|System: X360, PS3, Wii, PS2, PSP, DS||Review Rating Legend|
|Dev: LucasArts||1.0 - 1.9 = Avoid||4.0 - 4.4 = Great|
|Pub: LucasArts||2.0 - 2.4 = Poor||4.5 - 4.9 = Must Buy|
|Release: Sept. 16, 2008||2.5 - 2.9 = Average||5.0 = The Best|
|Players: 1||3.0 - 3.4 = Fair|
|ESRB Rating: Teen||3.5 - 3.9 = Good|
In a year that has already received a slew of great games and is slated to receive a pile more by the time 2009 rolls in, it's surprising that a game like Star Wars: The Force Unleashed garnered much attention at all. Yes, it's a Star Wars game, which, in itself, is enough to appease a legion of fans of the intergalactic saga, but, as a game, The Force Unleashed isn't that impressive. Under all the hype and excitement regarding Force Powers and the Dark Side, is a fairly average hack-and-slash title. It can be enjoyable at times, but when all's said and done, it feels shallow and more than a little disappointing.
Surprisingly, the game's plot is one of its most enjoyable aspects; storytelling is done quite well. You take the role of Darth Vader's secret apprentice, and while it's obviously not a character that existed in the movies, the game does a nice job of weaving him into the lore of the series. Simply put, everything makes sense. There are no unexplained plot holes and this apprentice wasn't just tacked-on for the sake of having a plot. Character development is actually pretty good, and if you're a fan of the movies, you're really going to enjoy The Force Unleashed's storyline.
After a ridiculously cool level of controlling Vader himself, you take the role of Starkiller, the apprentice, and you're off on a quest to vanquish a number of living Jedi. Starkiller feels quite different from Vader and while it's cool to play as a quick, speedy Sith, it would have been nice to have a bit more character variety.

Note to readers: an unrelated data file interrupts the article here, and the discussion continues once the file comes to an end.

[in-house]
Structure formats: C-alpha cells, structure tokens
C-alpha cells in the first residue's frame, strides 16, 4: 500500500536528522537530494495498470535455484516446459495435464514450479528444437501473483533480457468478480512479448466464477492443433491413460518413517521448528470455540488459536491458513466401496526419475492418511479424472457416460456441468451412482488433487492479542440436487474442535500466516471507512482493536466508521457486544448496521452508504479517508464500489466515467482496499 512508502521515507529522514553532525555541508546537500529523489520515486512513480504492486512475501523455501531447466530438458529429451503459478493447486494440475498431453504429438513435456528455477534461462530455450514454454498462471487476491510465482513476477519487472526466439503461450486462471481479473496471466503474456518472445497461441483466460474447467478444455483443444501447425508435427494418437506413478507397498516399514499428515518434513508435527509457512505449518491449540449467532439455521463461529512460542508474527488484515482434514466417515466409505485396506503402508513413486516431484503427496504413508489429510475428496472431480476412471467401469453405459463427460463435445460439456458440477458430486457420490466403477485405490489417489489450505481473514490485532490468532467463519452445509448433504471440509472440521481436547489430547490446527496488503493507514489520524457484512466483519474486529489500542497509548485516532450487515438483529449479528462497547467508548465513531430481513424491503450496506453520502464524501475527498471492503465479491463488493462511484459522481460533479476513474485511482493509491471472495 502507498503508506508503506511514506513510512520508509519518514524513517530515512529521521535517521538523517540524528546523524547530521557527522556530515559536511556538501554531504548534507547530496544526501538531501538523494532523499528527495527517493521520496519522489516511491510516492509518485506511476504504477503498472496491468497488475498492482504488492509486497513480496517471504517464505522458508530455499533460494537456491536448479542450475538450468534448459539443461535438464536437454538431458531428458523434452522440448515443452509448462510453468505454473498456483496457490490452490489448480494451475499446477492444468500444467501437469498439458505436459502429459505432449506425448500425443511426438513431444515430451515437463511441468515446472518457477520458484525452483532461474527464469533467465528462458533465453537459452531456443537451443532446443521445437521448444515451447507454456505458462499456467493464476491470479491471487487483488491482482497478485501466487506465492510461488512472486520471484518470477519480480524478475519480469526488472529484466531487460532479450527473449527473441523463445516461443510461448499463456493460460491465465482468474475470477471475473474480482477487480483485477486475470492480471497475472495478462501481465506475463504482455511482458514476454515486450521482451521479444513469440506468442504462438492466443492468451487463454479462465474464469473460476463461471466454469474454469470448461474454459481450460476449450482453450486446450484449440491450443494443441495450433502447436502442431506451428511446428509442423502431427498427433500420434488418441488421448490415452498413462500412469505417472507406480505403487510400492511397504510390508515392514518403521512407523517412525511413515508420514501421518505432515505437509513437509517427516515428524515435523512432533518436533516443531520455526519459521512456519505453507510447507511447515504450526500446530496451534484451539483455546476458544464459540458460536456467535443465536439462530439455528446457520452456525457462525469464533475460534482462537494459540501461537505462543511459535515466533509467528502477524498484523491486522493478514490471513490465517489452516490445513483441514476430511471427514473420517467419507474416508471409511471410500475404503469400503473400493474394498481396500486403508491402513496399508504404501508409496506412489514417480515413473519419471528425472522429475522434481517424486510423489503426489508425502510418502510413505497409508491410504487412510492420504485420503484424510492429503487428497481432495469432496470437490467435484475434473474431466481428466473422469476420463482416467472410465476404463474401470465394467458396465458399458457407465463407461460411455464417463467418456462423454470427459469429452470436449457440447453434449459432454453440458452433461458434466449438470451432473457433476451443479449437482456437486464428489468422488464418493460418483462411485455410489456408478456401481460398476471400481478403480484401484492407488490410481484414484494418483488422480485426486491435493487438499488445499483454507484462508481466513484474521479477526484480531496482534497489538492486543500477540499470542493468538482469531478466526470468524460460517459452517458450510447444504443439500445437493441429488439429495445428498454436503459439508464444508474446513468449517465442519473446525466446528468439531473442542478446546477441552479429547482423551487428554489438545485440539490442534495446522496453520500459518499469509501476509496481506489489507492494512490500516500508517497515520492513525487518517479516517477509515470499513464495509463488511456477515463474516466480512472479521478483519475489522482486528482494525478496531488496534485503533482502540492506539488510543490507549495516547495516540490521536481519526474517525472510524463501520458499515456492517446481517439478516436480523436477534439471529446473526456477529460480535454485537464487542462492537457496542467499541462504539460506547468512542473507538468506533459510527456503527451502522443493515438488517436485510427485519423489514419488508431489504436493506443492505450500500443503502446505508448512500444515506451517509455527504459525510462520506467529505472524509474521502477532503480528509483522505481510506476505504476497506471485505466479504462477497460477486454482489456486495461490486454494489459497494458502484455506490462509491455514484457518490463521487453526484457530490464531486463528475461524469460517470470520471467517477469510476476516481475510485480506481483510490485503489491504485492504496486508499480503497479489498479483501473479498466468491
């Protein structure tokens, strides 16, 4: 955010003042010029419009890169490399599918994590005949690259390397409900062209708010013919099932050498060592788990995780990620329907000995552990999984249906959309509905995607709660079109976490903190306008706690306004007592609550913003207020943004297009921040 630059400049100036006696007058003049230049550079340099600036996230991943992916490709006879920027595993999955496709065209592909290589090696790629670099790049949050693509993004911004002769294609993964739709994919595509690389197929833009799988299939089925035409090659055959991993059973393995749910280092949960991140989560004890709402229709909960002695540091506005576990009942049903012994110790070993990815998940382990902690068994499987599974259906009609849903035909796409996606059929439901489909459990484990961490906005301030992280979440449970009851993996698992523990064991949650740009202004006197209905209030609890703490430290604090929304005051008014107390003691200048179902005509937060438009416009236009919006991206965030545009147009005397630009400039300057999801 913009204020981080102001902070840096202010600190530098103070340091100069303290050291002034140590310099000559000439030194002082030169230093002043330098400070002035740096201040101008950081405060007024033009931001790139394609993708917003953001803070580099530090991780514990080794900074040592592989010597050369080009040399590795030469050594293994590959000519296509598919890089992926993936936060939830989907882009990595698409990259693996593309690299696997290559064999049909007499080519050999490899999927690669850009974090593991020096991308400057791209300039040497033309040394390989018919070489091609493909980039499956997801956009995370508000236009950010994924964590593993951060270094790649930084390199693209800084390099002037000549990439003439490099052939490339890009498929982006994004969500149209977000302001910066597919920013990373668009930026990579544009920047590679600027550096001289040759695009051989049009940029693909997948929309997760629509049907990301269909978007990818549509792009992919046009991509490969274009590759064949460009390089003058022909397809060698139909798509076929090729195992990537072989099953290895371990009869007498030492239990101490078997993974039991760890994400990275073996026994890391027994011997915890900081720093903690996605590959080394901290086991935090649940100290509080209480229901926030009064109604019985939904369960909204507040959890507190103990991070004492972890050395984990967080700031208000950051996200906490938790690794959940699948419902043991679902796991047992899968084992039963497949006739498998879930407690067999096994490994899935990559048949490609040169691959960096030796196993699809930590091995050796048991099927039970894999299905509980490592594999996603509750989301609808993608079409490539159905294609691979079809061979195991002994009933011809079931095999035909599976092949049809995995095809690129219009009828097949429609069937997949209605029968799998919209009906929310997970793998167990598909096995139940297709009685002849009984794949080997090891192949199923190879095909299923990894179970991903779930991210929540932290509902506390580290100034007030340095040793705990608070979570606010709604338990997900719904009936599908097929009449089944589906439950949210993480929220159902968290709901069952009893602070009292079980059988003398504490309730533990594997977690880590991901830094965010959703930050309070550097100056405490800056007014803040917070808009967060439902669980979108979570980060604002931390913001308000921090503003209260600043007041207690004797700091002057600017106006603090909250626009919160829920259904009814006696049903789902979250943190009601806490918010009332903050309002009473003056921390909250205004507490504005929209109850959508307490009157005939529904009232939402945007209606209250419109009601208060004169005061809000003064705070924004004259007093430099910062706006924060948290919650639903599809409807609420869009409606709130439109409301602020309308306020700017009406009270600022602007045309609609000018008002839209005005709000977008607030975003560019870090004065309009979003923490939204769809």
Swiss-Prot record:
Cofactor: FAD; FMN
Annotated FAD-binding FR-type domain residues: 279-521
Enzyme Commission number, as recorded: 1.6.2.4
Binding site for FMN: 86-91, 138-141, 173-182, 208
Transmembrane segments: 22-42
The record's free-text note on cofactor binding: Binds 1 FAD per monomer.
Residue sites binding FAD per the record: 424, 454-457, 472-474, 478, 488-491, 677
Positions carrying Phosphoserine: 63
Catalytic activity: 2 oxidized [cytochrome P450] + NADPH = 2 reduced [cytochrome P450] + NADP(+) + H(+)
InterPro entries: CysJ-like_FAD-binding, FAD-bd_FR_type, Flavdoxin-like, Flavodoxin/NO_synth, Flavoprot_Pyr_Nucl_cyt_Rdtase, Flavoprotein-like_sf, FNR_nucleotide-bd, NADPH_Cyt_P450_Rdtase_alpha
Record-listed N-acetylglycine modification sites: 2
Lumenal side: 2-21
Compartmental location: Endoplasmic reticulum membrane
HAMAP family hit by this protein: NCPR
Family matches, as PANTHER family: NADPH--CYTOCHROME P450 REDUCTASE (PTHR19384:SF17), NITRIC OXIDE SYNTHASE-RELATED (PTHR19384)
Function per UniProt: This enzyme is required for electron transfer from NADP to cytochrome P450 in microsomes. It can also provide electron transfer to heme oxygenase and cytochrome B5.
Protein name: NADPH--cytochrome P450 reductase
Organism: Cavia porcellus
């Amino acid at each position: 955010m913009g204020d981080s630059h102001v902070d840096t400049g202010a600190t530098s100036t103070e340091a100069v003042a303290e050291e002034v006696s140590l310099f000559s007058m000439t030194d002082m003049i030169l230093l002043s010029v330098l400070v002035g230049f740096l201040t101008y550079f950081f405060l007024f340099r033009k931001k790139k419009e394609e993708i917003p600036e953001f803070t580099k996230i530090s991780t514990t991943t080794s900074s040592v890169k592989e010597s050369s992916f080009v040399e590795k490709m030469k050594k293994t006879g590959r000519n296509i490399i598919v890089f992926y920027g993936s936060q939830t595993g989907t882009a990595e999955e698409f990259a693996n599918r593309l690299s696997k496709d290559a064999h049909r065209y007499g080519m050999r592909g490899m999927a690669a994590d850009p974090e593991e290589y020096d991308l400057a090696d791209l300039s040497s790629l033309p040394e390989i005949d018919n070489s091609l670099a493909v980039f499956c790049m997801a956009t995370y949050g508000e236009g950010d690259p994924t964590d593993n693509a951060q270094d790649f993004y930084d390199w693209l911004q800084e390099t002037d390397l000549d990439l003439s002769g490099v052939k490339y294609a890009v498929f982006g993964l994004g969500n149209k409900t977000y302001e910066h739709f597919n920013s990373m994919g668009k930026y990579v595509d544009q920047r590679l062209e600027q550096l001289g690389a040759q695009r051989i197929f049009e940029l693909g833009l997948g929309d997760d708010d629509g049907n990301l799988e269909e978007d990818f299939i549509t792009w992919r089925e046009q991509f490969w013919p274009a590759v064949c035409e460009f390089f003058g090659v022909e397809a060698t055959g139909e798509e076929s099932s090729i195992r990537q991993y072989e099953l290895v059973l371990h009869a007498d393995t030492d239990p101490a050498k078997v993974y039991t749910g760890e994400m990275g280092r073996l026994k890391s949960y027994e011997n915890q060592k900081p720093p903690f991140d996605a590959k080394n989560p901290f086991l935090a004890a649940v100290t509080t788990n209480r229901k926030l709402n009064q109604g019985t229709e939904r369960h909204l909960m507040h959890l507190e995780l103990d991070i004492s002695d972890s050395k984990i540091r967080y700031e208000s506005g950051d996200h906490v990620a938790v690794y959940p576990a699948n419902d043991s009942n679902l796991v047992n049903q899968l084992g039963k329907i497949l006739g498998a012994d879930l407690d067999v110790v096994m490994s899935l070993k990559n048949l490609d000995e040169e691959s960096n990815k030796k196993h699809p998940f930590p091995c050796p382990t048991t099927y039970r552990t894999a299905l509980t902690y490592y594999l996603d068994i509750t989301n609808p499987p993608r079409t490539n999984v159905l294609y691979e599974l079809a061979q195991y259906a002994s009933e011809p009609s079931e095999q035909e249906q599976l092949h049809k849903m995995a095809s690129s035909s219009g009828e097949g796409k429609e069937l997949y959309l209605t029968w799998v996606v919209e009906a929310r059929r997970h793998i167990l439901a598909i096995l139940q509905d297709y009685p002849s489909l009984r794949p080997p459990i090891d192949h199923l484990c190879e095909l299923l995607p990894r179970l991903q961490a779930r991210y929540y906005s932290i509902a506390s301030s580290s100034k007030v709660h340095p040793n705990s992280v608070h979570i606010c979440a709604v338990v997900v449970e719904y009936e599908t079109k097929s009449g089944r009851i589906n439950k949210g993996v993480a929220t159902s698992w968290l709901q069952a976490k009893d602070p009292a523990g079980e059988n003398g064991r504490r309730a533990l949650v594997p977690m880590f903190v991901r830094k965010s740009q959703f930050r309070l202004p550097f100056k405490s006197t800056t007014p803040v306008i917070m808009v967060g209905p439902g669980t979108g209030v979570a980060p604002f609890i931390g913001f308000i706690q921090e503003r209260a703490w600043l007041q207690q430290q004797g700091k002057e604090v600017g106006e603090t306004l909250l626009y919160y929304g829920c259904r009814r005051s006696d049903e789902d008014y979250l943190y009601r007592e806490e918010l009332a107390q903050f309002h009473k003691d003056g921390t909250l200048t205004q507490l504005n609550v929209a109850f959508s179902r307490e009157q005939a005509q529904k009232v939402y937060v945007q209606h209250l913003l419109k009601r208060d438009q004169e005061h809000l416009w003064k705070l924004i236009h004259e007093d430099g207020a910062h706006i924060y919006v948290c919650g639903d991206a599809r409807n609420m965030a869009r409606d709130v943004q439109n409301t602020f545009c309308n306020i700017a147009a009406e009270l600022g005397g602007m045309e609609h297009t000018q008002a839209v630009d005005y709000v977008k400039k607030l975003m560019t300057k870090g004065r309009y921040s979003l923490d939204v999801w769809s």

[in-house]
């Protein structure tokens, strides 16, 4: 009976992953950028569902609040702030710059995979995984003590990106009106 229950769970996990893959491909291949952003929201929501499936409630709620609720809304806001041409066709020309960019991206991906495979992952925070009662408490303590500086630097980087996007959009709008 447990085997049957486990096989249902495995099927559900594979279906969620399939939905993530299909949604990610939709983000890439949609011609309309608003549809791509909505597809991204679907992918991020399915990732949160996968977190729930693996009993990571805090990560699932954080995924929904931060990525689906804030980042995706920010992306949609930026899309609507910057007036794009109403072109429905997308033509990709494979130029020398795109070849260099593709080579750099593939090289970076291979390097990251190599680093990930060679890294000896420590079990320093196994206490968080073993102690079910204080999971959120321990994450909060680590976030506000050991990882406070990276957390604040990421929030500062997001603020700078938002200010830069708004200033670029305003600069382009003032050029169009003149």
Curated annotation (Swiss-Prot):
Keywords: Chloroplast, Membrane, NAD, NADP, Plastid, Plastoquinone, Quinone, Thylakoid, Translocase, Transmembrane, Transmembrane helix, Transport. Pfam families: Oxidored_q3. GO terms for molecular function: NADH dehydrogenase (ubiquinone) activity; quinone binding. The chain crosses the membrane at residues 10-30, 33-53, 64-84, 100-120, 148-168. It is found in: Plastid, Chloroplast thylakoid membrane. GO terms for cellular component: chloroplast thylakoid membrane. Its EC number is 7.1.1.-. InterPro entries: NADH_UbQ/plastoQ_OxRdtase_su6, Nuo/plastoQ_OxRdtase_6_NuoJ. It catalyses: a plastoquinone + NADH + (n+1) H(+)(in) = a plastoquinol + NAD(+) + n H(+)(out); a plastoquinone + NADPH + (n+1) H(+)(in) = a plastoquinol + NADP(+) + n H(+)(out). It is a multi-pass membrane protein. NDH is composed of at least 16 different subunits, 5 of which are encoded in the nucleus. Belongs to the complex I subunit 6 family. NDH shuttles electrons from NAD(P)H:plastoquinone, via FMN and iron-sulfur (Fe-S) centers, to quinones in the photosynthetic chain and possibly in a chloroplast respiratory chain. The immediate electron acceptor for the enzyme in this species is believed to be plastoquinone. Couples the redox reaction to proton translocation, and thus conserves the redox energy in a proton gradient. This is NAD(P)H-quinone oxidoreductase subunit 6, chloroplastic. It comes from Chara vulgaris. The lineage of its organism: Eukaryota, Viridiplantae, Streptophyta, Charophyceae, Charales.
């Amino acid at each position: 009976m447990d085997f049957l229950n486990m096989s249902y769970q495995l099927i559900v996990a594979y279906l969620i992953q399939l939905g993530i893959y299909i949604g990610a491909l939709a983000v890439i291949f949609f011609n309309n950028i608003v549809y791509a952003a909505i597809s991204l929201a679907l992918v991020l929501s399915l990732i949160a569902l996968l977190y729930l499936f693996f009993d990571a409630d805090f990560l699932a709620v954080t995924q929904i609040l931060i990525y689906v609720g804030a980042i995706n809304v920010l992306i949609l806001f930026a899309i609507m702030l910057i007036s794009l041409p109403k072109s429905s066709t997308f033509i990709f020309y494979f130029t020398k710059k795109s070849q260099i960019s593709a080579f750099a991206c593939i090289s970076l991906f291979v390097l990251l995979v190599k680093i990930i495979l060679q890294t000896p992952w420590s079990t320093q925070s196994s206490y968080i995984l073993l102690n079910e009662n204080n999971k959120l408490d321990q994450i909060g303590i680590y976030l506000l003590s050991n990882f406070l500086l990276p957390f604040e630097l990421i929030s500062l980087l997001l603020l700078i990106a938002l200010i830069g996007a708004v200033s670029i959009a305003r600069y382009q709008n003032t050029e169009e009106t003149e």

Once you settle into the game, you get down to the combat. Despite some interesting storytelling, the fighting is what this game is all about, but sadly, the battle mechanics don't feel as good as they probably could have been. The Force Unleashed combines much-hyped Force Powers with lightsaber mechanics and, at times, the combos and strategies that result can be pretty interesting. Just as often, however, The Force Unleashed feels like a shallow Wii-style button-masher.
You'll swing around the Wii Remote and Nunchuk to perform swipes and stabs with the lightsaber, unleash Force Powers, and string together complex combos that can take out foes with ease. Pulling off combos, admittedly, can be pretty difficult and requires excellent timing on your part. But generally, just swinging around can get the job done, and there isn't much incentive to intelligently take down enemies. Still, the Wii controls are preferable to mashing buttons and jiggling analog sticks.
The lightsaber may be a bit of a let-down, but it's hard to argue with how cool the Force powers are. From the Force Grip that you've got from the get-go to more advanced Force-related attacks you earn later on, The Force Unleashed gives you a level of control over the Star Wars universe that we've not had before. It's very cool to be able to take control of these powers; sadly, it doesn't stay fun for long and, after a while, you may find yourself using the same basic combinations to take out wave after wave of hostiles.
To add to the problems, the level design isn't all that great and many times locales feel like little more than areas to kill people. Star Wars fans will find more to enjoy here than most people and areas of particular story significance are neat. When the game has a focus on wiping out as many people as possible, I suppose it's understandable that making intelligent, interesting, and cohesive levels may have dropped a bit on the list of priorities. Still, just trudging from one area to the next gets old really quickly and does little to distract you from the monotonous fighting that makes up the bulk of the game.